One benefit of relying on CloudFlare is their network intelligence derived from powering millions of websites. If they see a threat among that vast installation of sites they can apply that knowledge to every other site. Extra bonus points: using CloudFlare also reduces load and strain on your server as WP Simple Firewall never even has to kick in – the threat is neutralized by CloudFlare long before it sees your server or uses its resources.


Best practices

It goes without saying that there are super simple practices that can prevent the majority of attacks. Hacked sites are rarely comprised by the Hollywood-esque lone hacker in a darkened room, maniacally laughing as they delete your site line by line. Security intrusions are mostly the result of automated computer systems probing the web for simple exploits. Much like a burglar targeting a home, it’s far easier to just check for the odd forgetfully-unlocked back door, than it is to smash the front windows and draw attention. It’s these low hanging fruit targets that hackers focus on in the vast majority of attacks.

With this in mind, at sign up we automatically create a random username and password for your site – there’s no default ‘admin’ user for hackers to prod away at. We also offer a secure WordPress dashboard launcher from within our own control panel, so you don’t even need to remember the login.

FTP is banned in favour of SFTP access only; plus we also enable our proprietary FTP lock tool that prevents any and all SFTP/FTP upload access to a account until you dictate otherwise via the control panel.

It goes without saying that the end user can also get involved with security here too. If you must change our randomized password – strong passwords are key. Make them long, make them random, and make them different to any other password you use. While you’re at it, make sure any machines you use to access your WordPress account are virus and trojan free and only ever access your WordPress dashboard over SSL.

Just in case the odd weak password does get employed we also use Fail2Ban on every account which monitors login attempts. If the software spots an IP address supplying invalid login credentials 5 times in a row, the IP address is blocked at the firewall level. This prevents brute force login attacks, where a computerised system attempts to log into a website at furious pace with tens of thousands of password attempts per hour. Just in case the failed login was a genuine user error – the lockout only lasts for an hour. Enough to stop hack-bots, but sensible enough to let a real user back in.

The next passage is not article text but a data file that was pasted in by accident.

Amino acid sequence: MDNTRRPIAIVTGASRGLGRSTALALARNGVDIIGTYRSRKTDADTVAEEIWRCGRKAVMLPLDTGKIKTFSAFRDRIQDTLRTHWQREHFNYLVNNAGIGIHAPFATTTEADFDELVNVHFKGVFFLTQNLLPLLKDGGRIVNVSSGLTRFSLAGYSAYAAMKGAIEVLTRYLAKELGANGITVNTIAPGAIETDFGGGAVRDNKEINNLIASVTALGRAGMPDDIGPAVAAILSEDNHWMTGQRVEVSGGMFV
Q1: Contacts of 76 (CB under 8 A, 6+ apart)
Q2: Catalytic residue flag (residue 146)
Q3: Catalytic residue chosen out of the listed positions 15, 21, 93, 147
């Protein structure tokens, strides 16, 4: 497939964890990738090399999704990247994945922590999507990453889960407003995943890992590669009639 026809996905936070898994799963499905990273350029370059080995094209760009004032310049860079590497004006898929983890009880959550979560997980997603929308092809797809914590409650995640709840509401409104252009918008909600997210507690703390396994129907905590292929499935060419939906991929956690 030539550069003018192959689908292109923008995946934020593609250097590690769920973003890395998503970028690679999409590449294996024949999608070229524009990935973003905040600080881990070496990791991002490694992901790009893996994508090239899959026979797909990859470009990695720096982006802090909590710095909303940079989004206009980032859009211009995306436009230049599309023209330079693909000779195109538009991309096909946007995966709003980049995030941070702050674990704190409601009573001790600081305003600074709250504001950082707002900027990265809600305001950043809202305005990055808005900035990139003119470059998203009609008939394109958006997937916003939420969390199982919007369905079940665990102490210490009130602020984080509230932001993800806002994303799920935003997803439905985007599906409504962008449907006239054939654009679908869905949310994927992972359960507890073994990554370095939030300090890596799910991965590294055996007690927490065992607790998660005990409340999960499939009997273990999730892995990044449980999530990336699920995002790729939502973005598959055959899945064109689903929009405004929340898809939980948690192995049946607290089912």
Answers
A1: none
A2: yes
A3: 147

WP Scan*

Just in case something does get through those layers of security, we run daily scans using WPscan which in turn relies on the exhaustive WordPress Vulnerability Database. If our scanning tool ever detects anything that might be of concern, we will send you an automated email with the details. Feel free to then get in touch with our support team and we can review it together.



No system connected to the Internet is ever going to be 100% secure from hackers. Don’t believe anyone who tells you otherwise. Amongst the millions of lines of code that comprise the OS, WordPress, plugins and themes there will always be undetected exploits and security holes just waiting to be uncovered. You can take every single precaution and still end up with a hacked site.

In these cases, there might be nothing left but to restore from a clean backup. With our managed WordPress hosting accounts we take weekly backups of all your site data, and retain at least the last 30 days’ worth, ready for you to restore from. We also strongly encourage you to take offline copies too, because even backups can fail.


Don’t panic!

If you take sensible precautions, use best in class plugins/themes and stay on top of updates you’ll likely never see a hacked site, and never need to rely on your backups. The chances of a well maintained site being hacked are very low; again, hackers tend to go after the easy targets.

Next up, I’ll talk about the advanced feature set of our new WordPress hosting plan. Stay tuned.

* – during beta some features are not yet build out 100%, items marked as such are still being rolled out. Staff